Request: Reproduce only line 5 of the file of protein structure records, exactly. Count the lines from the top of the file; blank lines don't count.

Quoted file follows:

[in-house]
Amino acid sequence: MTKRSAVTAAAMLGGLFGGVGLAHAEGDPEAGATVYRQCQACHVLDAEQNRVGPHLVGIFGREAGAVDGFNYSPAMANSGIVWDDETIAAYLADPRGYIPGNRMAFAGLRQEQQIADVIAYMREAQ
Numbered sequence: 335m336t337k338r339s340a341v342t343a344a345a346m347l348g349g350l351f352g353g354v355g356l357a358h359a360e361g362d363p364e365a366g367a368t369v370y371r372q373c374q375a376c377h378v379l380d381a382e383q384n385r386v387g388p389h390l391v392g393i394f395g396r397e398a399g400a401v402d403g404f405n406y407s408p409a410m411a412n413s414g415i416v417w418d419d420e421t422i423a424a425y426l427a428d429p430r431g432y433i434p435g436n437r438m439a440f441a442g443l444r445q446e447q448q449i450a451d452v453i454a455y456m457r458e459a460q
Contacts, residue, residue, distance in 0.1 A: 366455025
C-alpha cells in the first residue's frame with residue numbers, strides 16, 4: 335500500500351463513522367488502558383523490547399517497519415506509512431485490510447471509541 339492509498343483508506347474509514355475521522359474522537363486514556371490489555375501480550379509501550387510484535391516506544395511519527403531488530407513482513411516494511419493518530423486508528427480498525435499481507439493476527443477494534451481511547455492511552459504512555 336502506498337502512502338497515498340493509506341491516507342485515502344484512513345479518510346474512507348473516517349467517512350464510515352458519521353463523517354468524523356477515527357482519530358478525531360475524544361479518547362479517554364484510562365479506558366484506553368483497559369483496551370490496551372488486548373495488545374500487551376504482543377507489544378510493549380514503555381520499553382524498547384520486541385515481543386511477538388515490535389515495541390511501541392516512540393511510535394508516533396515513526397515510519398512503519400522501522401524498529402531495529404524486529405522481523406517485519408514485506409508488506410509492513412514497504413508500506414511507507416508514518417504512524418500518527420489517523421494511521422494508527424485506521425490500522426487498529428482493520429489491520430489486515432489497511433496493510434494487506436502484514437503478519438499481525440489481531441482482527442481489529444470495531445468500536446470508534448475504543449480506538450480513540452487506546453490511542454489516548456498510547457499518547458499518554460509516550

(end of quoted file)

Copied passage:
C-alpha cells in the first residue's frame with residue numbers, strides 16, 4: 335500500500351463513522367488502558383523490547399517497519415506509512431485490510447471509541 339492509498343483508506347474509514355475521522359474522537363486514556371490489555375501480550379509501550387510484535391516506544395511519527403531488530407513482513411516494511419493518530423486508528427480498525435499481507439493476527443477494534451481511547455492511552459504512555 336502506498337502512502338497515498340493509506341491516507342485515502344484512513345479518510346474512507348473516517349467517512350464510515352458519521353463523517354468524523356477515527357482519530358478525531360475524544361479518547362479517554364484510562365479506558366484506553368483497559369483496551370490496551372488486548373495488545374500487551376504482543377507489544378510493549380514503555381520499553382524498547384520486541385515481543386511477538388515490535389515495541390511501541392516512540393511510535394508516533396515513526397515510519398512503519400522501522401524498529402531495529404524486529405522481523406517485519408514485506409508488506410509492513412514497504413508500506414511507507416508514518417504512524418500518527420489517523421494511521422494508527424485506521425490500522426487498529428482493520429489491520430489486515432489497511433496493510434494487506436502484514437503478519438499481525440489481531441482482527442481489529444470495531445468500536446470508534448475504543449480506538450480513540452487506546453490511542454489516548456498510547457499518547458499518554460509516550